Jul 25

Farragut and Grant: The First “Four-stars”

Wednesday, July 25, 2018 11:13 AM

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On July 25, 1866 David Glasgow Farragut became the first four-star Admiral in this nation’s history. Concurrently, the Army promoted Ulysses S. Grant to the rank of “General of the Army,” which was also a four-star rank. Up until this point the nation had nine Rear Admirals and one Vice Admiral, as well as Brigadier, Major, and Lieutenant Generals. Upon Farragut’s promotion David Porter was promoted to Vice Admiral. Except for the various five-star officers of World War II and Korea, and Pershing’s “General of the Armies” rank, four-star officers are the most senior leadership in the armed forces since their inception.

At the time of Farragut's promotion to Admiral, the sleeve insignia for Admirals was not standardized. They often added extra stripes in order to show their seniority and prominence before a formal insignia system was established later on. (Photo: Library of Congress)

At the time of Farragut’s promotion to Admiral, the sleeve insignia for Admirals was not standardized and they often added extra stripes in order to show their seniority and prominence before a formal insignia system was established later on. (Photo: Library of Congress)

Since 1866 there have been 225 active duty four-star Admirals in the Navy and 215 active duty four-star Generals in the Army. The youngest Admiral ever was Admiral Elmo”Bud” Zumwalt at age 49. Zumwalt’s tour as Chief of Naval Operations paved the way for a variety of changes in Naval policy, from cultural and racial issues to the organization of the entire Navy. His “Z-grams” provided a personal insight into his thought process as he strove to drive innovation at all levels. As a testament to his impact, the Navy named the newest class of (controversial) destroyers in his honor, the first was christened the USS Zumwalt DDG-1000.

Admiral Zumwalt during his term as Chief of Naval Operations. (Photo: History.navy.mil)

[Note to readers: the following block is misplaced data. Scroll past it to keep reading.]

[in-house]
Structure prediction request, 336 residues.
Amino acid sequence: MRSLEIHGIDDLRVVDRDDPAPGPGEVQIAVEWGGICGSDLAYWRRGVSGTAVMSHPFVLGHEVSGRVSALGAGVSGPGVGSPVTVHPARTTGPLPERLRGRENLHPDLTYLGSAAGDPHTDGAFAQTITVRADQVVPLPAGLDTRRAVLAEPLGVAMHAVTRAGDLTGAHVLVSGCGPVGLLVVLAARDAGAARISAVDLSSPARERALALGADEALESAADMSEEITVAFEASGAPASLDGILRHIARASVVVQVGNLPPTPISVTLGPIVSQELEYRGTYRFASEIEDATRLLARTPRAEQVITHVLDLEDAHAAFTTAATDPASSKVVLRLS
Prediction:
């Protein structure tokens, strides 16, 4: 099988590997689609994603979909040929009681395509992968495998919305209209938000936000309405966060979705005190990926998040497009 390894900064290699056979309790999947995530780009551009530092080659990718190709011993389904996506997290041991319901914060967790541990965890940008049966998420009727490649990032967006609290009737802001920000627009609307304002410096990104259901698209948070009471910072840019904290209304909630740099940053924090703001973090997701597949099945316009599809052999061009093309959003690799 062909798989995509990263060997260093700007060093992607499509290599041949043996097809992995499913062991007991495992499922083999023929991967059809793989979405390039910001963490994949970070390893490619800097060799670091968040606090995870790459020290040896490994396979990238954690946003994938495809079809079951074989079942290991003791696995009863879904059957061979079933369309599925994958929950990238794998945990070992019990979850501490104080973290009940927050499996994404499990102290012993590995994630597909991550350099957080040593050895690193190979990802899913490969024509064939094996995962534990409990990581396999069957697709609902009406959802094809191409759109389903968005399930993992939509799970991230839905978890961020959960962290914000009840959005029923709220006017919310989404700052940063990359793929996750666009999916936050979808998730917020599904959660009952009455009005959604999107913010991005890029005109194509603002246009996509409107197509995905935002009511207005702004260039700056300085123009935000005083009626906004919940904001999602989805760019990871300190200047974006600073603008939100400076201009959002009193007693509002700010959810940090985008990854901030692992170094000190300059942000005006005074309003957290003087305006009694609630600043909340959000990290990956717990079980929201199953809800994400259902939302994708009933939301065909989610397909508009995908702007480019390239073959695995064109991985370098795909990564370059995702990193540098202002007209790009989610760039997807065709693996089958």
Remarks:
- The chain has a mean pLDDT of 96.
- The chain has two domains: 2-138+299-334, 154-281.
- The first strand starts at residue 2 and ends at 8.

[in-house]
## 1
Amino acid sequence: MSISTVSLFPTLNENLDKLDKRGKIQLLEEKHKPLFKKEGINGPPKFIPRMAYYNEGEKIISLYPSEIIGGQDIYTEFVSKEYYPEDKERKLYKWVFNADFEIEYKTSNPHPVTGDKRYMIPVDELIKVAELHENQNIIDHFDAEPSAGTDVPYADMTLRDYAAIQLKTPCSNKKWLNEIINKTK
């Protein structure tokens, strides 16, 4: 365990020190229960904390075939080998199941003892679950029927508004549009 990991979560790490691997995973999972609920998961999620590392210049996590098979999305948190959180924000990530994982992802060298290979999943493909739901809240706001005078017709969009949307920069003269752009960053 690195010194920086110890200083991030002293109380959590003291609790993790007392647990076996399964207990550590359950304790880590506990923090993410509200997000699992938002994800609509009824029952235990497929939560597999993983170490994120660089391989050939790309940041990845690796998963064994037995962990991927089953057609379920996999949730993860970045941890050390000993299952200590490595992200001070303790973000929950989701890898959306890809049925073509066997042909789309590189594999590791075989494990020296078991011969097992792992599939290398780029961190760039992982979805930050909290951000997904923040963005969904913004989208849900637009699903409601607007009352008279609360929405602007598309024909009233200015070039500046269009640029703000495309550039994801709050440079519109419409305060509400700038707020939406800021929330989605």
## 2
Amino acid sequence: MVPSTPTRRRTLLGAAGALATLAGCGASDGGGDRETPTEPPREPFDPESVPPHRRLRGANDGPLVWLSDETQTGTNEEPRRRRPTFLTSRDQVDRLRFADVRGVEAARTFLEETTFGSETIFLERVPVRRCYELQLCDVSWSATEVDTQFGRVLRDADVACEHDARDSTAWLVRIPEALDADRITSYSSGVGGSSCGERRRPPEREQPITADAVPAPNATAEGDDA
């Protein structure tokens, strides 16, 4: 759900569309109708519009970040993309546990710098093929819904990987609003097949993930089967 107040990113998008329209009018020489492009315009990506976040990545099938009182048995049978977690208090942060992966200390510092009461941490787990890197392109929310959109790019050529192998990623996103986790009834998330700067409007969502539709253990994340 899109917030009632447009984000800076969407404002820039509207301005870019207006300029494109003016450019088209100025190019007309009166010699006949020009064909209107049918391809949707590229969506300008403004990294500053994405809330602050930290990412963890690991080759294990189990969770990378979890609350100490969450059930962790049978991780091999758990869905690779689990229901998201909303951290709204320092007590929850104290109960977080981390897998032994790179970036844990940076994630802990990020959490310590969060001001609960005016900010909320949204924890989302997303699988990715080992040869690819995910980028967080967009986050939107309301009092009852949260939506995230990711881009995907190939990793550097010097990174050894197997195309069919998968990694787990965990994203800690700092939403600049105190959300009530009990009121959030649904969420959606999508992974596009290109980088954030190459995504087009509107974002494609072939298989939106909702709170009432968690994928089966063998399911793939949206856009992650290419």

Admiral Zumwalt during his term as Chief of Naval Operations. (Photo: history.navy.mil)

Two four-star Generals went on to be President (Grant and Eisenhower). Washington was a General, but his insignia only included three stars and was in the Continental Army. In total there have been 12 Generals, from one to five stars, elected President, while there has yet to be an Admiral of any rank to hold the office.

A portrait of General Washington during the Revolutionary War. Despite his three-star insignia, his rank was equivalent to a four-star General. (Photo: mountvernon.org)

A portrait of General Washington during the Revolutionary War. Despite his three-star insignia, his rank was equivalent to a four-star General. (Photo: mountvernon.org)

There are currently 39 active duty four-star officers in the five branches of the armed forces. Many of these officers hold positions within the Joint Chiefs of Staff, as the top officers in their respective branch, and a variety of other senior leadership roles throughout the military. The Public Health Service also has a four-star officer at its head, as does the National Oceanic and Atmospheric Administration, although NOAA does not currently have anyone who fills that position.

U.S. Marine Corps Gen. Joseph F. Dunford Jr., currently serves the Chairman of the Joint Chiefs of Staff. He is one of the four current active four-star Generals in the Marine Corps. (Photo: department of Defense)

U.S. Marine Corps Gen. Joseph F. Dunford Jr., currently serves the Chairman of the Joint Chiefs of Staff. He is one of the four current active four-star Generals in the Marine Corps. (Photo: Department of Defense)

John J. Pershing’s “General of the Armies” rank was equivalent to a six-star General; however, the insignia authorized for use was a gold iteration of the usual four-star rank. He is the only person to hold this specific rank while on active duty (it was posthumously awarded to George Washington in 1976). George Dewey was also given an equivalent six-star rank for his service at Manila Bay, but his insignia added two anchors to the four-star Admiral rank.

Portrait of John J. Pershing with a gold four-star rank while he served as General of the Armies during World War I. (Photo: History.com)

Portrait of John J. Pershing with a gold four-star rank while he served as the head of the American Expeditionary Force during World War I. (Photo: History.com)

While there have been multiple proposals to establish a permanent five-star rank in order to better associate with foreign military officers of that equivalent rank, the four-star officer continues to be the highest sustained rank in the U.S. Armed Forces. Despite this longstanding tradition, future engagements may one day render it a subordinate rank to a perpetual five stars.